This year, Morgan Stanley Investment Management is celebrating the 20th anniversary of the Growth Team. The team’s strategies emphasize long-term concentration of capital in what the team believes to be high quality companies with sustainable competitive advantages and an attractive free cash flow profile: MSIF Growth Portfolio, MSIF Advantage Portfolio and MSIF Global Advantage Portfolio.
To commemorate this milestone, Morgan Stanley’s distribution team for the Latin American and US Offshore business, led by Carlos Andrade, invited more than 80 investment professionals, including fund selectors, portfolio managers, CIOs and top producing offshore financial advisors, to the EAST Hotelin Miami to participate in a discussion about disruption and permanence and how both concepts are incorporated into portfolios. Leading the debate, three members of the Growth Team: Stan DeLaney, Managing Director and disruptive change researcher, Armistead Nash, Managing Director and an investor on the team, and Mary Sue Marshall, Managing Director and portfolio specialist; who shared their views on secular trends and big changes coming from disruption on technology and disruption in business models.
The disruption landscapes
According to the Growth Team, disruptive changes play a very important role in their research process. As long-term investors, they focus on companies they believe to have a sustainable competitive advantage. To separate the wheat from the chaff, they need to have a good handle on the competitive environment that these companies face and the tech disruptive forces that may impact them over time.
From their experience, they state that disruption almost always fits into one of two types of paradigms: bottom-up disruption or top-down disruption. The first one, would represent those products or services that are not that good, but are so much cheaper than anything else in the market. Over time, people adopt them, the products or services improve, and the adjustable markets expands. The second type, a top-down disruption, would consist of those products or services that have a premium performance and price comparing to existing offer in the markets. As the technology improves, their cost declines and their markets expand.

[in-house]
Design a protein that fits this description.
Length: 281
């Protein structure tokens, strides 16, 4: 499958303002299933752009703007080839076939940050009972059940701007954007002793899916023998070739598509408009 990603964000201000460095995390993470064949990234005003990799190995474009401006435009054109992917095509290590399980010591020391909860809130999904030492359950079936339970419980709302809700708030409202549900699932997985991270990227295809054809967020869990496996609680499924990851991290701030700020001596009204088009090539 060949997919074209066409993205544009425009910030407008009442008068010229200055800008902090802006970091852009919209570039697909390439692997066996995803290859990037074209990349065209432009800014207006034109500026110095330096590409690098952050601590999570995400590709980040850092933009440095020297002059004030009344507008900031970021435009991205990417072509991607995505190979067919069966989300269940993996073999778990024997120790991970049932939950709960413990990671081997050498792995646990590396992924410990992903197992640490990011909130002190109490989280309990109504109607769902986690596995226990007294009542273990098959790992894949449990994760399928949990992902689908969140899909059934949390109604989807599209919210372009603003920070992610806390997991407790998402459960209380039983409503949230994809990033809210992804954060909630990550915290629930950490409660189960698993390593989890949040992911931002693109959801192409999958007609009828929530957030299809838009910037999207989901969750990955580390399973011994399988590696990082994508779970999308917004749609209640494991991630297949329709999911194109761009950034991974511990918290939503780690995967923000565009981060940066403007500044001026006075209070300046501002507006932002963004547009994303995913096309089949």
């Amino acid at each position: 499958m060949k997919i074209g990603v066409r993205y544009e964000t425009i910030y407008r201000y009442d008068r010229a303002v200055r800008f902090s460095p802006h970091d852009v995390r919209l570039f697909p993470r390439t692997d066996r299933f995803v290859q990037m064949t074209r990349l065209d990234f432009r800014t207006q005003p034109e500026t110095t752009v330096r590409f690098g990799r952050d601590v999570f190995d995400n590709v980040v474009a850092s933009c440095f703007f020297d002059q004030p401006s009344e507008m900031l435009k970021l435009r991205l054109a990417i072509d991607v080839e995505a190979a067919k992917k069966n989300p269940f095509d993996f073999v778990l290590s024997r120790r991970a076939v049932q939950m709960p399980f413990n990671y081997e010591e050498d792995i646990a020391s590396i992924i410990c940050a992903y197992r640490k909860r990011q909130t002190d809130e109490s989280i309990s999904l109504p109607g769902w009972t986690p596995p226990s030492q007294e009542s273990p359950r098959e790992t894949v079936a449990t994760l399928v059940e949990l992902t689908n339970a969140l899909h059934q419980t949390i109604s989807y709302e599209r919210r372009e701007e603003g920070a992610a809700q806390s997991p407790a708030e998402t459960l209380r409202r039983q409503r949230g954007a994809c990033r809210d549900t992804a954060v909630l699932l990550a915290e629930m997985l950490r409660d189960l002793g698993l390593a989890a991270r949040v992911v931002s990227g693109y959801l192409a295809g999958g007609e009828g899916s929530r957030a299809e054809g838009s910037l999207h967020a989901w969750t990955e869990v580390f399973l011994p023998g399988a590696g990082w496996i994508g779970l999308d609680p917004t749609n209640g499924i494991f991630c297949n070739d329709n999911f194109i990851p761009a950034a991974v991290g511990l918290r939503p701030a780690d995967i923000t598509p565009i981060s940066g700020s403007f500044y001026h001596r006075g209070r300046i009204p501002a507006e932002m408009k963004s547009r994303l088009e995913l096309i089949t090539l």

“Back in 2004, we started working on the digitalization of advertising. At that time, executive directors and media had already realized that online advertising was a completely different animal, mainly because of its measurability. Our hypothesis was that, over time, companies will eventually migrate their ads from traditional media into internet. Fourteen years ago, 20% of the media time was spent on the internet, but only 4% of the advertising dollars were spent there. The relationship between advertising dollars and GDP has always being about 2% to 3%, and we do not think that will change. Today over 35% of advertising dollars are spent online, being online roughly internet and mobile, and over 50% are media that have transferred to online”, said Stan DeLaney.
Optimizing for the minimal disruption risk
Additionally, Armistead Nash believes that it is necessary that investors have a view on disruption and the competitive landscape the companies they invest in are facing. Especially nowadays, in a world where disruption is happening faster than ever before, driven by several different forces.
“One important factor of disruption is certainly the internet software space. The price of computing power has come down significantly with the advent of large cloud infrastructure players. Small businesses now have the capacity to outlay less capital investment upfront for their technology infrastructure. They can just rely on the computing power provided by these large cloud infrastructure players, and consequently, there are more start-ups coming to the internet and software space. We also feel that, with the advent of the internet and global funds, companies can have a broad distribution and approach to services like never before at a much lower cost. All these factors are driving an accelerated pace of innovation and change and starting out some new competition. It is precisely in this environment when it is more important to have a handle on the competitive landscape and to have a view out for the next three to five years, to invest in those companies that are exposed to minimal disruption risk”.
Considering its relation to disruptive change, Nash differentiates four groups of stocks: “First, we try to invest in companies that offer a product or service with very few or no substitutes. Second, we invest in companies that have an innovative culture, that despite incurring into failures, continue to invest a significant amount of capital back into new product launches. The third type of stock that we include in our portfolios are those that have the willingness to alter their product or business model based on the consumer preferences or the market demand. And, finally, the fourth type of company we invest in, are those companies that are not over-earning or over-charging relatively to the value that they provide to customers, avoiding creating an environment in which other enterprises can generate disruption in terms of pricing.
At a portfolio level, we intend to mitigate the impact of disruptive change from a risk manager perspective. First and foremost, we make sure we are using conservative assumptions in our financial projections for the companies that we invest in. Next, we avoid those businesses in which we do not have an edge on or we do not feel we have a competitive advantage”, he explained.